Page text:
Thursday, July 4, 2013

Stealing a child’s future

OF all the forms of education, war is the costliest. Children may or may not learn their lessons; nations never do. In that sense, history as a teacher has failed.
No better example can be found than the battleground known as Afghanistan — that harsh, inhospitable country which offers its own nationals (or any foreign invader) nothing better than what Winston Churchill offered in another context, “blood, toil, tears and sweat”.
No one understood the futility of war more keenly than Churchill’s wartime ally the American general Dwight D. Eisenhower. A five-star general, he had served as the supreme Allied commander during the Second World War before making the transition from military command to civilian democracy. By becoming the 34th president of the United States, Eisenhower unwittingly provided a role model for a platoon of ambitious Third World military chiefs who saw military rule and civilian government simply as opposite sides of the same convertible coin of governance.
Eisenhower’s unimpeachable war record gave him the authority to admit what few military leaders would ever have dared question in public — the justifiability of war. Speaking in 1946, while still in uniform, he confessed to a Canadian audience: “I hate war as only a soldier who has lived it can, only as one who has seen its brutality, its futility, its stupidity.”
Perhaps it was Eisenhower’s expression of saddened humanism that inspired the Canadian prime minister Lester Pearson. When, a decade later, Pearson received the Nobel Peace Prize, he included in his acceptance speech the admission: “The grim fact is that we prepare for war like precocious giants and for peace like retarded pygmies.”
Putting aside the morality of awarding the Nobel Peace Prize to institutions whose job it is to maintain peace (UN and its agencies, 2001, 1981, 1988, etc), or to persons who pursued war with misplaced virility (Henry Kissinger, 1973) or who have never brokered a peace (Barack Obama, 2009), Pearson’s observation described pithily the brash arrogance with which countries start wars and then the sterile penitence with which they seek to end them.
The recent visit of the British prime minister David Cameron to Afghanistan and to Pakistan brought to the fore misgivings many persons actively responsible for waging such a war have nurtured, and now felt impelled to express.
For example, Gen Nick Carter, deputy commander of the Nato-led coalition forces, said publicly that an opportunity to bring peace in Afghanistan had been lost in 1992: “At that stage, if we had been prescient, we might have spotted that a final political solution ... would have involved getting all Afghans to sit at the table and talk about their future.” In his opinion, Afghanistan’s problems were political issues that could only be resolved “by people talking to each other”.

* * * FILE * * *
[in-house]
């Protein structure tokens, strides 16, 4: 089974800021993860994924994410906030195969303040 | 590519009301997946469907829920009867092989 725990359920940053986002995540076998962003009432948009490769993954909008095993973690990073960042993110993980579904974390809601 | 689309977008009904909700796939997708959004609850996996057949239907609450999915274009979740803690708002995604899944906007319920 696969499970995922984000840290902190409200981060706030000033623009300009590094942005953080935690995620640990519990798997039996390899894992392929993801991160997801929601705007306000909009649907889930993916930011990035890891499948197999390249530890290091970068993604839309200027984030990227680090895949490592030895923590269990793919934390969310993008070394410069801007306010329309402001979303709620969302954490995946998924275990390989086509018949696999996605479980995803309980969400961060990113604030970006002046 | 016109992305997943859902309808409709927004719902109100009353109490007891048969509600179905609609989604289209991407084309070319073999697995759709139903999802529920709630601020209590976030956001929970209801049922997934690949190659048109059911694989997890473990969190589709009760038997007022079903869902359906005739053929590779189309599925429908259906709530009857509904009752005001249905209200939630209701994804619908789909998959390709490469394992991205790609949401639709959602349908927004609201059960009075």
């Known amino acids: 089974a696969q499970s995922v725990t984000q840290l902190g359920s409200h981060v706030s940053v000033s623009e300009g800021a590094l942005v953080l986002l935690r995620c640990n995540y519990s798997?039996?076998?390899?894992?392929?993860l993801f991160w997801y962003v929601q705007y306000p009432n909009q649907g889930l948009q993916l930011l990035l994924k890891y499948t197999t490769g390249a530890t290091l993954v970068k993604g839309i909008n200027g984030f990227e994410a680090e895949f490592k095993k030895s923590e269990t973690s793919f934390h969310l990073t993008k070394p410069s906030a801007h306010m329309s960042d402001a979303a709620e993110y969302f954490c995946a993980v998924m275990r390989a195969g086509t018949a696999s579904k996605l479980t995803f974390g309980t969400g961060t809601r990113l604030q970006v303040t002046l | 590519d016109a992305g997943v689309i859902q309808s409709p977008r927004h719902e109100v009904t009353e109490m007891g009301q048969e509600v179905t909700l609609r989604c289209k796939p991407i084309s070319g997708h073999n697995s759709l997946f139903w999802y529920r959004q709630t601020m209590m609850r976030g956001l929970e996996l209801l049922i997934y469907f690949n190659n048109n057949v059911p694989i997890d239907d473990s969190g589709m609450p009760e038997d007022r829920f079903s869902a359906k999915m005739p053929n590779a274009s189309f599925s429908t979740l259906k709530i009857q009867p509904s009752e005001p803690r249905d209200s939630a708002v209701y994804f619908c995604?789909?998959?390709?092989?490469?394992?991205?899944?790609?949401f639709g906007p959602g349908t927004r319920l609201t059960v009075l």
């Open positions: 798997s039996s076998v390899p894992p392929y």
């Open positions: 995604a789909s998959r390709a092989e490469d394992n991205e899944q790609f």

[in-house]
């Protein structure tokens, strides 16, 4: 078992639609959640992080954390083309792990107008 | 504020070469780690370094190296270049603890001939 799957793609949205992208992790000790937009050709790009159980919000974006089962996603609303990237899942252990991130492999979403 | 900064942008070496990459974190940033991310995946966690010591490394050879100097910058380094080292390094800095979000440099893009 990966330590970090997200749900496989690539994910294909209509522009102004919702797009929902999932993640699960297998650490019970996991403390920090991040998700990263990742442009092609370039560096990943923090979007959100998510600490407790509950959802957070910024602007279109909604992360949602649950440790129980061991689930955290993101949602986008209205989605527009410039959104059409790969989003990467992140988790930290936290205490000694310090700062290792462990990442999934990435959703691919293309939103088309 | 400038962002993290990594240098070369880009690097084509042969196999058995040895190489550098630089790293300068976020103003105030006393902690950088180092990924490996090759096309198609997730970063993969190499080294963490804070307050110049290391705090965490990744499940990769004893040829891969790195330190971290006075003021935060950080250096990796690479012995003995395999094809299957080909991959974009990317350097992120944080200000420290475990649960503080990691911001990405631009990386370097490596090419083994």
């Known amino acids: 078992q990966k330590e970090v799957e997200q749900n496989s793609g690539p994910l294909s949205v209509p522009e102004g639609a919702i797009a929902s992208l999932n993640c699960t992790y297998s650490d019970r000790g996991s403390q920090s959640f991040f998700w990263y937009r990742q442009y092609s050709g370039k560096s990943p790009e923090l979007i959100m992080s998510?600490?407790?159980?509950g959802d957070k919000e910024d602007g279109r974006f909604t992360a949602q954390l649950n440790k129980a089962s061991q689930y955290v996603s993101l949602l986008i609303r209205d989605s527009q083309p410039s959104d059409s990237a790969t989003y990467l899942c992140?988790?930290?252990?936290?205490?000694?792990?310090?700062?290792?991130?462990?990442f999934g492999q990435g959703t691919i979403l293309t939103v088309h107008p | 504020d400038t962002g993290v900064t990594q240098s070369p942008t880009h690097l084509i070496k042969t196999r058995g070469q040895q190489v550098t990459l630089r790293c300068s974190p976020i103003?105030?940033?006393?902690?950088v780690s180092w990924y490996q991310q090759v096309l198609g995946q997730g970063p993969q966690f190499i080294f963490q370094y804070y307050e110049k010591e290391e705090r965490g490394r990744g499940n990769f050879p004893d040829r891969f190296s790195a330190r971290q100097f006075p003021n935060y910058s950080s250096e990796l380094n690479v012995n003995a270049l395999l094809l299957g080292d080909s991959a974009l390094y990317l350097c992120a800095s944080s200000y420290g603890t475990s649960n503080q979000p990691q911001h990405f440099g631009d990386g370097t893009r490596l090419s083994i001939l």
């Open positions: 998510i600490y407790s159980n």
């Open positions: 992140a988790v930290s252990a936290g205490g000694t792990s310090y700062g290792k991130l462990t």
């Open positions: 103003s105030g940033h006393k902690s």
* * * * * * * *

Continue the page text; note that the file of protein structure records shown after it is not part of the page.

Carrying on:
It is a sign of the times that Gen Carter was permitted the freedom not only to make such a candid disclosure but to retain his command despite it. Less than two years ago, in November 2011, a senior US commander Gen Peter Fuller was relieved summarily of his duties for criticising President Hamid Karzai. He accused him and other Afghan leaders of being “isolated from reality”. Carter was particularly irked at Karzai’s ingratitude after Karzai suggested that if Pakistan went to war with the US, Afghanistan (after swallowing and digesting over $12 billion of aid) would side with Pakistan.
A year from now, give or take a few blood-sodden months and countless uncounted deaths, the Western forces in Afghanistan will have withdrawn. However, the war in Afghanistan will not have ended. There will be no consequential peace in Afghanistan in the conventional sense. It will simply have entered into a new phase. Like some simmering Irish stew in which fresh ingredients are added from time to time, there will simply be a change in the mix, a darkening of the faces and complexion of the combatants.
For the Nato forces driven by a US engine, the withdrawal will come 11 years too late and at the cost of too many casualties. For the Russians, it will be sweet, overdue revenge for their defeat in the same battleground. For the Afghans, it will provide an opportunity for a political free-for-all, where the winner takes all — and more. For Pakistan, the portents are ominous. Until now, we have been the conduit for conveying fuel to foreign forces fighting in Afghanistan. We can now expect the combustion to be shipped in the opposite direction.
If there is any lesson history has taught nations, it is that no country can afford to wage war and simultaneously work towards the economic well-being of its citizens. It certainly cannot, what we are doing, wage war against its own citizens.
Gradually, we seem to be sinking deeper into a mire of our own indecision, into a morass of failed intentions. National dreams degenerate into private regrets; national priorities remain the dry Plimsoll line of aspirations that will never be reached.
If the past is another country, the future is an uncharted continent, an unmapped world populated by today’s youth and tomorrow’s unborn. It is their cause that Gen Eisenhower, by then president, advocated: “Every gun that is made, every warship launched, every rocket fired signifies, in the final sense, a theft from those who hunger and are not fed, those who are cold and are not clothed.”


Post a Comment